Sunday, 12 December 2010


Sunday 19th December 6pm
At 56a Infoshop, 56 Crampton St SE17

Full Unemployment Cinema Zombie Special

Undead and abject, the zombie is uncontrollable ambiguity. Slouching across the earth, restlessly but with hallucinatory slowness, it is a thing with a soul, a body that is rotten but reactive, oblivious to itself yet driven by unforgiving instinct. – Lars Bang Larsen

For the final Full Unemployment Cinema screening of this year we have prepared a special themed screening around the celluloid body of the zombie. For what body better describes the unemployed negativity of the 20th century worker whose vicissitudes we continue to discuss and graves we continue to dig?

We will be screening some of our favourite zombie and horror clips as well as footage from zombie walks, flashmobs and music videos alongside a special feature: Carnival of Souls.

Mulled wine and snacks will be served.

Carnival of Souls, 1962 (US 78mins)

Carnival of Souls is a low budget 1962 horror film starring Candace Hilligoss. Produced and directed by Herk Harvey who produced industrial and educational films for the Centron Corporation based in Lawrence, Kansas. While vacationing in Salt Lake City, he developed the idea for the movie after driving past the abandoned Saltair Pavilion. Hiring an unknown actress, Lee Strasberg-trained Candace Hilligoss, and otherwise employing mostly local talent, he shot Carnival of Souls in three weeks, on location in Lawrence and Salt Lake City.

The film was made for an estimated $33,000, the movie never gained widespread public attention when it was originally released as it was intended as a B film and today, has become a cult classic. Set to an organ score by Gene Moore, Carnival of Souls relies more on atmosphere than on special effects to create its mood of horror. The film has a large cult following and occasionally has screenings at local film and Halloween festivals. Various prints of the film are in the public domain.

'In Carnival of Souls (1962), one place is allowed to be blatantly creepy: the amusement park where ghosts rest under the water and rise to dance. The rest of the world appears both normal and somehow wrong, and part of what is wrong about it—and within it, and encompassing it—is the liminal protagonist, Mary Henry (Candace Hilligoss). For she has gone wrong, and the world with her. It may be her subjective world, as in the Cocteau and Bergman films that producer-director Herk Harvey and screenwriter John Clifford admired, but it is ours as long as we are in the theater, and it looks too much like the real world outside the theater for comfort ... Aside from the music, the most artistically daring element of this film—one that defies a central convention of the horror genre—is its flight from romanticism, its concentration not on a foaming monster or on the hammering bosom of a Hammer heroine, but on a cold fish. If she is a magnet for the gothic, there is nothing exciting or sexy about it. The thrills of this carnival are cold ones, bits of death.' From Carnival of Souls by Bruce Kwin, read more:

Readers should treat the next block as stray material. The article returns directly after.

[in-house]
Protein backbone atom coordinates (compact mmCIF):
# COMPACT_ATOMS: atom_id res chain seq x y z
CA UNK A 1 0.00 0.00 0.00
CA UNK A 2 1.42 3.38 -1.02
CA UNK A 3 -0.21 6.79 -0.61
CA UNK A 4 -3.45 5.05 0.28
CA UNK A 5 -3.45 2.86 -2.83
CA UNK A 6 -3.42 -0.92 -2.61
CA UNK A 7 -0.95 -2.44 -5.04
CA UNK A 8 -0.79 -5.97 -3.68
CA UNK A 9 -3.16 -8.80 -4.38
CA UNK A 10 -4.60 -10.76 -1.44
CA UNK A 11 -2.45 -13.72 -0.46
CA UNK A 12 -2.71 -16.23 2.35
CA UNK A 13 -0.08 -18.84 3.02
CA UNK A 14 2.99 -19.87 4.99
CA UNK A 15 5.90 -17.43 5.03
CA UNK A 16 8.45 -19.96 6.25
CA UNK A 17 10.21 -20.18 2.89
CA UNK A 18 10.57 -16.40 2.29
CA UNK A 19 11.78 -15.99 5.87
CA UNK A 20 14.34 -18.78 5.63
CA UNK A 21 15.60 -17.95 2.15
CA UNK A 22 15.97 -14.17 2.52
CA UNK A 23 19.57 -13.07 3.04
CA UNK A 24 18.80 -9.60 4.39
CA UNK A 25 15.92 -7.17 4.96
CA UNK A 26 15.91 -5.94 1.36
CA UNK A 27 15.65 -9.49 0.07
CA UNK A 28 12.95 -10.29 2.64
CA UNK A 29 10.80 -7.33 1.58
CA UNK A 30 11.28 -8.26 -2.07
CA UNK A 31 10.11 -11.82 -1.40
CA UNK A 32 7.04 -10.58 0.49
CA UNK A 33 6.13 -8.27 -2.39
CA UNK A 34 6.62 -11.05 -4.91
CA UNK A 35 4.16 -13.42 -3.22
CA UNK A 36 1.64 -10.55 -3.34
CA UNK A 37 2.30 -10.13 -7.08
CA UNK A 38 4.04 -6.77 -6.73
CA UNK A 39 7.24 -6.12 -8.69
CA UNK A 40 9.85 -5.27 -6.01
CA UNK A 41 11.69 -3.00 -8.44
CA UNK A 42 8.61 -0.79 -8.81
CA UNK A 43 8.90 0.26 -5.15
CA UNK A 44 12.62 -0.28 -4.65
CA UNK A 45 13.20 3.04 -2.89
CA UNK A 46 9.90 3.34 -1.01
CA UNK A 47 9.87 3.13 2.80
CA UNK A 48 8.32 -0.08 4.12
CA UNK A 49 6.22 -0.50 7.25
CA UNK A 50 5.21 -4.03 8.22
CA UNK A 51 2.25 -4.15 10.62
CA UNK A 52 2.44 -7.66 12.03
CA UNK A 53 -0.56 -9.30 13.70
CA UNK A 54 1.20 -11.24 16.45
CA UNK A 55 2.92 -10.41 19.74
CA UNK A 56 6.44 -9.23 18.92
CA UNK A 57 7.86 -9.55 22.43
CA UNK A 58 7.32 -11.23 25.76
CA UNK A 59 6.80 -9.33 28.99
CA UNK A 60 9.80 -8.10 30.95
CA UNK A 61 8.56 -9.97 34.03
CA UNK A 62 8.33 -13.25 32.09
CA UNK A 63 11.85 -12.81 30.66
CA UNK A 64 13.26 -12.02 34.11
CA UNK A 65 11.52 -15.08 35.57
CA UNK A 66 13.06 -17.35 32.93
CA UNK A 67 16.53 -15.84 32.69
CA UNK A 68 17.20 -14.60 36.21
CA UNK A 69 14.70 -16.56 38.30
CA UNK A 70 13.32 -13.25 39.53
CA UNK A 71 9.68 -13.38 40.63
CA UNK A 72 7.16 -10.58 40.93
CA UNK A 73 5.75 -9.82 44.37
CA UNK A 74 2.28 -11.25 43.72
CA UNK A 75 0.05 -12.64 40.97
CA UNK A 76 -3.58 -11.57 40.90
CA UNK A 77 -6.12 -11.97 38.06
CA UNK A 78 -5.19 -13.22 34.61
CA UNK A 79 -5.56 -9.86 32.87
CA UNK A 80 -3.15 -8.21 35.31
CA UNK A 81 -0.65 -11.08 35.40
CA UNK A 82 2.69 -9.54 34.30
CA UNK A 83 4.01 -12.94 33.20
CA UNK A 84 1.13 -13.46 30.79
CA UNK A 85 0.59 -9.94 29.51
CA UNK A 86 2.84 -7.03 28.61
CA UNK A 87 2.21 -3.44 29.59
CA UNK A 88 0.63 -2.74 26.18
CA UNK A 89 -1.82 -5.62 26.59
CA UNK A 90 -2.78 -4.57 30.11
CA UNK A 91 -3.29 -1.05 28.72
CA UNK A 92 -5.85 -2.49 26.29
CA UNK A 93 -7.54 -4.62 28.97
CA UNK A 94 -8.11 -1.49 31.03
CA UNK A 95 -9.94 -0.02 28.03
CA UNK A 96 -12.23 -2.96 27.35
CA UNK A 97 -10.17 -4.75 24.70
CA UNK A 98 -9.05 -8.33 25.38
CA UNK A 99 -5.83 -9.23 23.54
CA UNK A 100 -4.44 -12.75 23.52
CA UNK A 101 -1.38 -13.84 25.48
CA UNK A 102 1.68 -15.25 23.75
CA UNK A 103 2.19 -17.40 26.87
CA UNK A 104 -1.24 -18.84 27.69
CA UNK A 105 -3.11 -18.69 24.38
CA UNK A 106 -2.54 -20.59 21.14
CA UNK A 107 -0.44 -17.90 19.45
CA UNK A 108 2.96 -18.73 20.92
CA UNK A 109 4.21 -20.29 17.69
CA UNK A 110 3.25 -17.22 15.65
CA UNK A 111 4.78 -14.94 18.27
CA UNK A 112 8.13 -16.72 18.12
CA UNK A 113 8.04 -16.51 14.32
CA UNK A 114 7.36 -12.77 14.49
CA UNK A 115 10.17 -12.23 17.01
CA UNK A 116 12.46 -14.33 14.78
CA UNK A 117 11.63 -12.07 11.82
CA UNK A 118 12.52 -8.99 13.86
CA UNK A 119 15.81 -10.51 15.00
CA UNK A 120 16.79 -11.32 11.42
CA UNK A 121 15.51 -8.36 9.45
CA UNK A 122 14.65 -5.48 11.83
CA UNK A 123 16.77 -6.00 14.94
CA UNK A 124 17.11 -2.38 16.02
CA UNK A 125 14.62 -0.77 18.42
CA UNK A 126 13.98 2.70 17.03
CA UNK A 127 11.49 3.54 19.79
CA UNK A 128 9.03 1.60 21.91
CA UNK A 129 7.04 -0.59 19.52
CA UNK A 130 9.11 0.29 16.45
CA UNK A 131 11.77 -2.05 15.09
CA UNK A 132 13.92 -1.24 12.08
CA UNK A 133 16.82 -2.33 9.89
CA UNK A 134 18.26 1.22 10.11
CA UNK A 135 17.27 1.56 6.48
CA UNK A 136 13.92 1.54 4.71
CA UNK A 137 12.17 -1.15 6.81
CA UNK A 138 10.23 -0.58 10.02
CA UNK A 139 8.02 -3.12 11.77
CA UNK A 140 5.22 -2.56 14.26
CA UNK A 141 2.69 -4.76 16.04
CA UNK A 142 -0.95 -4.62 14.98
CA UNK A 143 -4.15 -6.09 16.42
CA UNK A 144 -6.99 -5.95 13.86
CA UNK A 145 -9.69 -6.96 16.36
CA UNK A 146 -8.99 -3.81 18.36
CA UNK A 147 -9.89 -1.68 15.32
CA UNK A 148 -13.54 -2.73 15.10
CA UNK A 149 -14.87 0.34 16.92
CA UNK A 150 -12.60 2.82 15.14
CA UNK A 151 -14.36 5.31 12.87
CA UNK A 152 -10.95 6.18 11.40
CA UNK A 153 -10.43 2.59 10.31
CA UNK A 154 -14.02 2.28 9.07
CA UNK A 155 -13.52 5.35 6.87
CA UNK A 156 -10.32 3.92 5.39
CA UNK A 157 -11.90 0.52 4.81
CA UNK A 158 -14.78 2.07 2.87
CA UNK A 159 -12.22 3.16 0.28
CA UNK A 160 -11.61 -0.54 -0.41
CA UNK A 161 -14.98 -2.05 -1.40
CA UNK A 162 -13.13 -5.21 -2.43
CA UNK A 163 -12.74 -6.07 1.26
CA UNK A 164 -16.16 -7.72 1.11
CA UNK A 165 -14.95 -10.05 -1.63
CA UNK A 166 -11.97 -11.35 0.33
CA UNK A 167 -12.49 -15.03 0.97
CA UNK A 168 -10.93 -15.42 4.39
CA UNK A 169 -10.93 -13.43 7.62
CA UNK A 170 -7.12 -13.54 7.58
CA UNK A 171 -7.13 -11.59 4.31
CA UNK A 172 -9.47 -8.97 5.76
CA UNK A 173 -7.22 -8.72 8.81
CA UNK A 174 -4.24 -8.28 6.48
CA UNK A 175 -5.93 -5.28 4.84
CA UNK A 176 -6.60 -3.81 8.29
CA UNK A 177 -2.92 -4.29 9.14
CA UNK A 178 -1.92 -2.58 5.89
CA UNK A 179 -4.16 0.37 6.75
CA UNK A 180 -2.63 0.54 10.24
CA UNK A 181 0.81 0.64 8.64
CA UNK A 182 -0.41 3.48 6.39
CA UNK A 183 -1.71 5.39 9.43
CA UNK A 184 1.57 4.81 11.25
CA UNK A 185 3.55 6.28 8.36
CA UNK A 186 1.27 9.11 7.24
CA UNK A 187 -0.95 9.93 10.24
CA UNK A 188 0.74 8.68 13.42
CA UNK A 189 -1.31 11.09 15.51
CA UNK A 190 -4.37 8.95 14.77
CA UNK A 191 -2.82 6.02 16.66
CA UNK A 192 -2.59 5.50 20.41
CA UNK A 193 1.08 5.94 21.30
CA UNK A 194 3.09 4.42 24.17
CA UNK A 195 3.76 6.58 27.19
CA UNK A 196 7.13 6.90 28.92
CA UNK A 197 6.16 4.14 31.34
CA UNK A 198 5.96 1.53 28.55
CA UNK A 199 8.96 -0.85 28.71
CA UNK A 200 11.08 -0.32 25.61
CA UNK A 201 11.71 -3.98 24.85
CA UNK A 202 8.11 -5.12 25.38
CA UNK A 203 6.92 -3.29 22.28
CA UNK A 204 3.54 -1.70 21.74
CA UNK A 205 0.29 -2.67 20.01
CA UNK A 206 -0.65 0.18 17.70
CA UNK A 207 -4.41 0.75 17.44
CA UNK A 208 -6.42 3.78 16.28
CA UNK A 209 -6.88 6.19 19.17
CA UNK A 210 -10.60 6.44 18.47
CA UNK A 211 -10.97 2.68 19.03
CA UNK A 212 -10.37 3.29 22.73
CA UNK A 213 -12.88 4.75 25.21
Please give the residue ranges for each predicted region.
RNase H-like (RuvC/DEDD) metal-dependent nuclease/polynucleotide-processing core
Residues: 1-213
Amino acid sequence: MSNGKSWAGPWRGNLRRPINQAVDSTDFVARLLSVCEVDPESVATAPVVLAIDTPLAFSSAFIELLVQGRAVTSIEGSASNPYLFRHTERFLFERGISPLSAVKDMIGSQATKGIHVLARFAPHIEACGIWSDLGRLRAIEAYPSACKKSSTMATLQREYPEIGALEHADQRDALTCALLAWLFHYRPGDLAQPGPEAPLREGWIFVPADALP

and in the mean time, here's a bit of reading:

Invasion of the Aca-Zombies
by Joseph Gora and Andrew Whelan

Zombies of Immaterial Labor: the Modern Monster and the Death of Death

Lars Bang Larsen

via E-Flux,

Undead and abject, the zombie is uncontrollable ambiguity.1 Slouching across the earth, restlessly but with hallucinatory slowness, it is a thing with a soul, a body that is rotten but reactive, oblivious to itself yet driven by unforgiving instinct.

It follows that if the zombie is defined by ambiguity, it cannot be reduced to a negative presence. In fact, it could be a friend. So why does it lend itself so easily as a metaphor for alienation, rolling readily off our tongues? Resorting to the zombie as a sign for mindless persistence is unfair to this particular monster, to be sure, but also apathetic and facile in the perspective of the historical space we inhabit.

My proposal, perverse or braindead as it may be, is that the zombie begs a materialist analysis with a view to contemporary culture. Such an analysis is necessarily double-edged. The zombie is pure need without morality, hence it promises a measure of objectivity; we know exactly what it wants—brains, flesh—because this is what it always wants. Abject monstrosity is naturally impossible to render transparent, but abjectness itself harbors a defined function that promises instrumentality (of a blunt and limited kind, admittedly). In this way we may proceed to address contemporary relations of cultural production, at the same time as we reflect on the analytical tools we have for doing so.

continue reading at this link.

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